The criteria for obtaining loan by devaluation of currency coupled with neo-liberal economic policy based on liberalized trade and open market was once IMF prescription for Nigeria in 1980s. At that point in time Nigeria was being heaped with foreign debt and was falling behind in the service of her foreign debt. Thus it became difficult, if not impossible for the country obtain line of credits unless the swallow the austerity measures given by IMF. The consequences were annihilation of infant industries and untold hardship of average Nigerians. The problem of Nigeria then was more of mismanagement and misplacement of priority.
But that is not the case with the present Nigeria that is not seeking any loan or aid from IMF. Nigeria GDP is bulging with economy projected to grow at more than 7 percent in 2011, although with vulnerabilities of inflation and excessive spending and depletion of foreign reserve. The withdrawal may make sense because the country needs to defend the value and stability of naira from international and aggressive speculators.
Nigerians for one moment can walk a little taller, knowing quite that the caliber of men and women at Central Bank of Nigeria (CBN) led by Governor Sanusi Lamido are willing to stand up when necessary and defend the economic and financial interest of the country.
Nigeria's Strategic Blunder
Nigeria has so far achieved theoretical quantitative macroeconomic fundamentals, but a lot needs to be done particularly on stabilizing her bearish Naira currency. Although Naira is relatively stable, it is weak and soft when you compare it to other major currencies like dollar and euro. Presently Nigeria is having one of the lowest debts to GDP ratio in the world. This is attributed to her recent payment of foreign debt and the reasonably macro-economic stability she achieved through economic reform measures with a huge foreign reserve. Yet the value of Naira continues to be depressed.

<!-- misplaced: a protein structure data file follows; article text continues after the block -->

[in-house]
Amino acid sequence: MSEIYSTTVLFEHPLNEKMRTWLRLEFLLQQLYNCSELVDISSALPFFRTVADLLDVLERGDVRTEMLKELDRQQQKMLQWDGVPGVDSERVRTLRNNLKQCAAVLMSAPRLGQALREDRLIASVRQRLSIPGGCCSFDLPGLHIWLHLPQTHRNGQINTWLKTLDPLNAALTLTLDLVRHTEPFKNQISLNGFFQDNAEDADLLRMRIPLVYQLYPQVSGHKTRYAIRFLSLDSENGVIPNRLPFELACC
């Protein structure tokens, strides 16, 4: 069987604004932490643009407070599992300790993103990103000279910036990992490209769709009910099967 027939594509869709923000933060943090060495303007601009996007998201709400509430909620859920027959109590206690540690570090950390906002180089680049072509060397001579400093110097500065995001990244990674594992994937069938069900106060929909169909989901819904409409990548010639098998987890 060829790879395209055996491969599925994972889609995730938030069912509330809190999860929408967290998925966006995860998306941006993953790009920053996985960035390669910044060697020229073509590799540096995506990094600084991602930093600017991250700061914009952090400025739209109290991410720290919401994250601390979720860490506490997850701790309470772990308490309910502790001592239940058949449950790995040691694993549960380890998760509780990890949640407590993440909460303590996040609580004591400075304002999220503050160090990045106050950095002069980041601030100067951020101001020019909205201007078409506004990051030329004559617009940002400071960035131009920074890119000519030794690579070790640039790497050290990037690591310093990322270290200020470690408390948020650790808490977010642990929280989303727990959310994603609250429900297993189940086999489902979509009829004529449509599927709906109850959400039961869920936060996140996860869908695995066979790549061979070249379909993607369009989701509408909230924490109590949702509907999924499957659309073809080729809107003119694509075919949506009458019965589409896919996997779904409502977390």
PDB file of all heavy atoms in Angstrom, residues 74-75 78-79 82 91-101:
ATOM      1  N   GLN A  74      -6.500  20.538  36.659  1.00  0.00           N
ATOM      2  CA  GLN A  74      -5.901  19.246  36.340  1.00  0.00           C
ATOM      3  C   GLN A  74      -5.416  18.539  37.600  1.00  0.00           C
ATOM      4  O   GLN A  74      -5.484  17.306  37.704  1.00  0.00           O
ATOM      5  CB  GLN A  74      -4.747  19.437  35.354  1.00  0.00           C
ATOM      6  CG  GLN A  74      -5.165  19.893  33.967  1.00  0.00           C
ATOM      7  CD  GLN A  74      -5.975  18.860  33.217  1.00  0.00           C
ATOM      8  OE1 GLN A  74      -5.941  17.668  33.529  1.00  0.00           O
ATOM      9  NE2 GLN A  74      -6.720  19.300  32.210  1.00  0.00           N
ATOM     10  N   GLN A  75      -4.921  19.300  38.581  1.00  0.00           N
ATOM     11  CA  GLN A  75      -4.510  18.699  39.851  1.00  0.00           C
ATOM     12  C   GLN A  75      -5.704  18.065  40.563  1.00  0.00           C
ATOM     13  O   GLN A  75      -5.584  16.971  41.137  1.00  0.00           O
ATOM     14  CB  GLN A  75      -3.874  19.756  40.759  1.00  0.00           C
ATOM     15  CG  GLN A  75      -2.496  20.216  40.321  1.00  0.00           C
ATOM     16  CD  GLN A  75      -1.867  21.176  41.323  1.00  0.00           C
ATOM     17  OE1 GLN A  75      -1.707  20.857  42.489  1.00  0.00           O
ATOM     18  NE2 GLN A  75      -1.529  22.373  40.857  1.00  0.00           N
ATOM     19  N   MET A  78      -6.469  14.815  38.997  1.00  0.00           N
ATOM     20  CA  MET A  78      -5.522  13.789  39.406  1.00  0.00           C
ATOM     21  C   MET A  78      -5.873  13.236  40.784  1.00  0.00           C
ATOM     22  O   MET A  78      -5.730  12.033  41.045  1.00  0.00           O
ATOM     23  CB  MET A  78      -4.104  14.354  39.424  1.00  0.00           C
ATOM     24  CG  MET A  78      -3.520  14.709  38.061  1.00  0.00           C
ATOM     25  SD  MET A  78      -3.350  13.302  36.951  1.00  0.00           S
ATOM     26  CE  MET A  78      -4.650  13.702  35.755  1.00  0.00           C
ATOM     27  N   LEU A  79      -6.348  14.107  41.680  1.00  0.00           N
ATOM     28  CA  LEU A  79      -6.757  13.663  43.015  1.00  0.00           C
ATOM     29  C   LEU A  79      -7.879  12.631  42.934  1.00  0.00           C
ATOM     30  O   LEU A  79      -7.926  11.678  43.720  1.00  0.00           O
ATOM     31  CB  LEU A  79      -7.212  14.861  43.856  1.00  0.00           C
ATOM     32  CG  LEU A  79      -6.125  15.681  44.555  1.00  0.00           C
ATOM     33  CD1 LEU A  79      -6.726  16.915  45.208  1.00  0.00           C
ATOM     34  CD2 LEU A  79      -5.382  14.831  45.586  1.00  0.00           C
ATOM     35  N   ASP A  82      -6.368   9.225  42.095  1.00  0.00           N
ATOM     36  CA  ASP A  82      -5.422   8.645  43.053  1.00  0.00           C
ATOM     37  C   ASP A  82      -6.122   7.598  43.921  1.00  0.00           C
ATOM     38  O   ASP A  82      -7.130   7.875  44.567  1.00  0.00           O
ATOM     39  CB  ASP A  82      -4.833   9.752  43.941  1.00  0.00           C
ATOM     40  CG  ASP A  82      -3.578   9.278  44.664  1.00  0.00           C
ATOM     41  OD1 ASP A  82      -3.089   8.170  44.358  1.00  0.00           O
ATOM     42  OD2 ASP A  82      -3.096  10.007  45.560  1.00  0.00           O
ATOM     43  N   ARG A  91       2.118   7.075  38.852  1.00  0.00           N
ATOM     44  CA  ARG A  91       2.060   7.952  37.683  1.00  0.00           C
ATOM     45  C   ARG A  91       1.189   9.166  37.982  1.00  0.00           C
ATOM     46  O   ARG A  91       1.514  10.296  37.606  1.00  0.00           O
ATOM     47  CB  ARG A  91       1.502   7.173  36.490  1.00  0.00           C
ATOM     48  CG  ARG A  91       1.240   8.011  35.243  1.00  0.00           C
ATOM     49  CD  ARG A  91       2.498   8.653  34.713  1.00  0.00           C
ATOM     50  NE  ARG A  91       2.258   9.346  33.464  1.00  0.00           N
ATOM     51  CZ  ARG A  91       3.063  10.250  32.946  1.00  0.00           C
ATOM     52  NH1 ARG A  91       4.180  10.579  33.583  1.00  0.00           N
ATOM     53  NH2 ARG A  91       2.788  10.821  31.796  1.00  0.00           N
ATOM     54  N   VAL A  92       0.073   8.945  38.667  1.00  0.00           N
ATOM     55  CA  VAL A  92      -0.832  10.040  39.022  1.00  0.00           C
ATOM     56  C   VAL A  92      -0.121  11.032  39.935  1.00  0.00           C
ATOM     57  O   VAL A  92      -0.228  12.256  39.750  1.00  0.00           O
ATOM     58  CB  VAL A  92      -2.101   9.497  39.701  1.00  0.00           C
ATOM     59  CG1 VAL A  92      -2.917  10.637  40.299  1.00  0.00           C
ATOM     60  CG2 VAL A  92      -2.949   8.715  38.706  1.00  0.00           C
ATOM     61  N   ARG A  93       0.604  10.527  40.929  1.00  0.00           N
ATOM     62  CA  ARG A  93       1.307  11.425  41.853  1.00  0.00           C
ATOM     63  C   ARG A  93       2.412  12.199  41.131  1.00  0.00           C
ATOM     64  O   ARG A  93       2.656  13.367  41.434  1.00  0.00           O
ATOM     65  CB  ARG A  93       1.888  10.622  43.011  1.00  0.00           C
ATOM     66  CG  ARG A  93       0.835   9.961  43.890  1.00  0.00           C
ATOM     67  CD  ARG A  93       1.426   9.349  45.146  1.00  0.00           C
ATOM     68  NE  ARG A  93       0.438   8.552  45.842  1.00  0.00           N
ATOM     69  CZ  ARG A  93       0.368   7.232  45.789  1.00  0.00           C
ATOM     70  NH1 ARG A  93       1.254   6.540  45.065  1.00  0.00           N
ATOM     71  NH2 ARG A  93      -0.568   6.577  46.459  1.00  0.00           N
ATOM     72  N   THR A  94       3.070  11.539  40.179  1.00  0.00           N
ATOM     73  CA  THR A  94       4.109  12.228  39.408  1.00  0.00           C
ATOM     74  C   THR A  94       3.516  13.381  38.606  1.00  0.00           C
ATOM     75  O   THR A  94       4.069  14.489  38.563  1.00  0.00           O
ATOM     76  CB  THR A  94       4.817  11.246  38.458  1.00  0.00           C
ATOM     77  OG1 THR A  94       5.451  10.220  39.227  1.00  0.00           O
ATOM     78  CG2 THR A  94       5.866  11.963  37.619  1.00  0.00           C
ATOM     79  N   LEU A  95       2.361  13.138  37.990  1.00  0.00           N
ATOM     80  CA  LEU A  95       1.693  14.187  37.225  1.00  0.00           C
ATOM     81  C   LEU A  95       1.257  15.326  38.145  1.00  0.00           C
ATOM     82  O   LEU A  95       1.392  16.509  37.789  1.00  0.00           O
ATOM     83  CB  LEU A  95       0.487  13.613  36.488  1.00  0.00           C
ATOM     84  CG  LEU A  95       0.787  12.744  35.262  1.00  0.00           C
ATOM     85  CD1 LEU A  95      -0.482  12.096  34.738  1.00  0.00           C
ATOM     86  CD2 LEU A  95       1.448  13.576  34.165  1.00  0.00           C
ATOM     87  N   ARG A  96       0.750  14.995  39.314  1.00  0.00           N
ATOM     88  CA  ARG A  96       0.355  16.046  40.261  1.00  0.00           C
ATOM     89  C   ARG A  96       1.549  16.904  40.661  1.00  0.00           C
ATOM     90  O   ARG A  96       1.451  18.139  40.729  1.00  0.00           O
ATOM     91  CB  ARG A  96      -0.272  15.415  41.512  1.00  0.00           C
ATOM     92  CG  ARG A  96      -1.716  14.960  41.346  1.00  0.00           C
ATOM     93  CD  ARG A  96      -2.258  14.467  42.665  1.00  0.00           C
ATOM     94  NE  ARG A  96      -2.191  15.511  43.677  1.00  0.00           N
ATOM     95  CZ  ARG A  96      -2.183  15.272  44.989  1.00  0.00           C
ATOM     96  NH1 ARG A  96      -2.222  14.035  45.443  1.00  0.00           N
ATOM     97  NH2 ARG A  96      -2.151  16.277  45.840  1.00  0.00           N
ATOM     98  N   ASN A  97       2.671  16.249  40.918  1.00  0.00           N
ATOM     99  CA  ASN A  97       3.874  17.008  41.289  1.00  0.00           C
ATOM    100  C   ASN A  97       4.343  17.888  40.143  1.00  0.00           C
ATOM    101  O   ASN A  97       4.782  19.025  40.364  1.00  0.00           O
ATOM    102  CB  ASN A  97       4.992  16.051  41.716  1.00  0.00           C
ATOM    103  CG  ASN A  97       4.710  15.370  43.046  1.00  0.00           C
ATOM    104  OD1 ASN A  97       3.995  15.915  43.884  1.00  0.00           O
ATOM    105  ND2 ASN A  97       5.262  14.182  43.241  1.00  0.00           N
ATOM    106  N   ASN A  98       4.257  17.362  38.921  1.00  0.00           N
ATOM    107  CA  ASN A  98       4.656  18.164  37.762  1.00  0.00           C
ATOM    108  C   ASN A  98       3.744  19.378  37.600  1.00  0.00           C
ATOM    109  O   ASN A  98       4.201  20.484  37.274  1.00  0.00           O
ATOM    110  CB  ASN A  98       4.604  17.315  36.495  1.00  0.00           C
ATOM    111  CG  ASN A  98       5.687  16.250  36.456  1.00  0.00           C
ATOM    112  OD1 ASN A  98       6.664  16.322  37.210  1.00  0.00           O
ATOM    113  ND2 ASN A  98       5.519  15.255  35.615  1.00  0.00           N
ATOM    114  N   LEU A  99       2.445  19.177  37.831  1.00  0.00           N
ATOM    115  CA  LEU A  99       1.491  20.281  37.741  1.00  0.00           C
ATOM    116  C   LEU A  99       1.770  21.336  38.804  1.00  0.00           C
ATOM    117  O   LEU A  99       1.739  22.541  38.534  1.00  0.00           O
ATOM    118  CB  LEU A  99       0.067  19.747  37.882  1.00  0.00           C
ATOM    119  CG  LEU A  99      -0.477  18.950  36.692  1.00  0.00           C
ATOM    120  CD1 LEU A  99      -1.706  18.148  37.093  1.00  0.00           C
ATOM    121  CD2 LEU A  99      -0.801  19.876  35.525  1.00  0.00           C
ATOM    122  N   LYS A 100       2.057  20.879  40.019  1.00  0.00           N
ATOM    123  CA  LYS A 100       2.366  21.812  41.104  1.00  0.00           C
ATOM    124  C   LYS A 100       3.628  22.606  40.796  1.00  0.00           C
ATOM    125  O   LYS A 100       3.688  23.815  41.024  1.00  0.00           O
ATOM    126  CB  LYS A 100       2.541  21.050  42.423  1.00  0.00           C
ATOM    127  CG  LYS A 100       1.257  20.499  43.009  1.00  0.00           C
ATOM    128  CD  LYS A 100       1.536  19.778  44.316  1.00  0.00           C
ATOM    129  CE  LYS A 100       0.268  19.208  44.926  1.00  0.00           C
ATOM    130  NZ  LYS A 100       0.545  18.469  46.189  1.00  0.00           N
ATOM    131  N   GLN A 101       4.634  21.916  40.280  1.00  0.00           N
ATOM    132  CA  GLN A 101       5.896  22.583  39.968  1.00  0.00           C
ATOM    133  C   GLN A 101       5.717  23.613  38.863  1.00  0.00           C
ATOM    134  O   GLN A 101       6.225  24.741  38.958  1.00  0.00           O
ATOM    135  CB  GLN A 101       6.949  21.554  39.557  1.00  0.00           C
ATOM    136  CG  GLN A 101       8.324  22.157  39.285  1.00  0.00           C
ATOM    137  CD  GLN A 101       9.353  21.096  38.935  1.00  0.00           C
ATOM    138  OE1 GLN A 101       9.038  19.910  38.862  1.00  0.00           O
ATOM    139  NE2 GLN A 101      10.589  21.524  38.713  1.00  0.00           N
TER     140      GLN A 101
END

Nigeria's financial and economic community is quick to point out that the fate of Nigeria's currency Naira - the gyrations, floundering and nose-diving is the ramification of global economic meltdown. This is not entire the case, we can recollect couple of months ago that Nigeria was celebrating because Merrill Lynch, an international investment banker rated Nigeria as one of the top ten nations that were safe for investment. The rating may be incredible - "at least to anyone living in Australia, much of Europe and U.S. -- because it ranks Nigeria (where the per capita GDP happens to be a paltry $2027 a year) as the safest economy in the world, which certainly seems like a stretch given it's the 38th-largest economy in the world and 137th when based on per capita GDP -- not to mention it suffers from social unrest."
So with this highly publicized rating one can extrapolate that the Naira is out of harm's way, from the tumbling of the global economic downturn. The subsequent dramatic falling of Naira cannot be justified for Nigeria's economy is not wholly exposed to floundering of world market.
Nigeria may be perceived to be safe because she has not really submerged in the mainstream of financial and economic globalism. Nigeria has not met the criteria to be fully vigorous and integrated player in the world trade theatre; Nigerian economic indicators and metrics including statistics, benchmarks and indices on the economy is the testament of the country's inactivity on international stage. Again Nigeria does not have a credit based economy and lacks the serious capitalists and capital to be among the chief players in the global trade.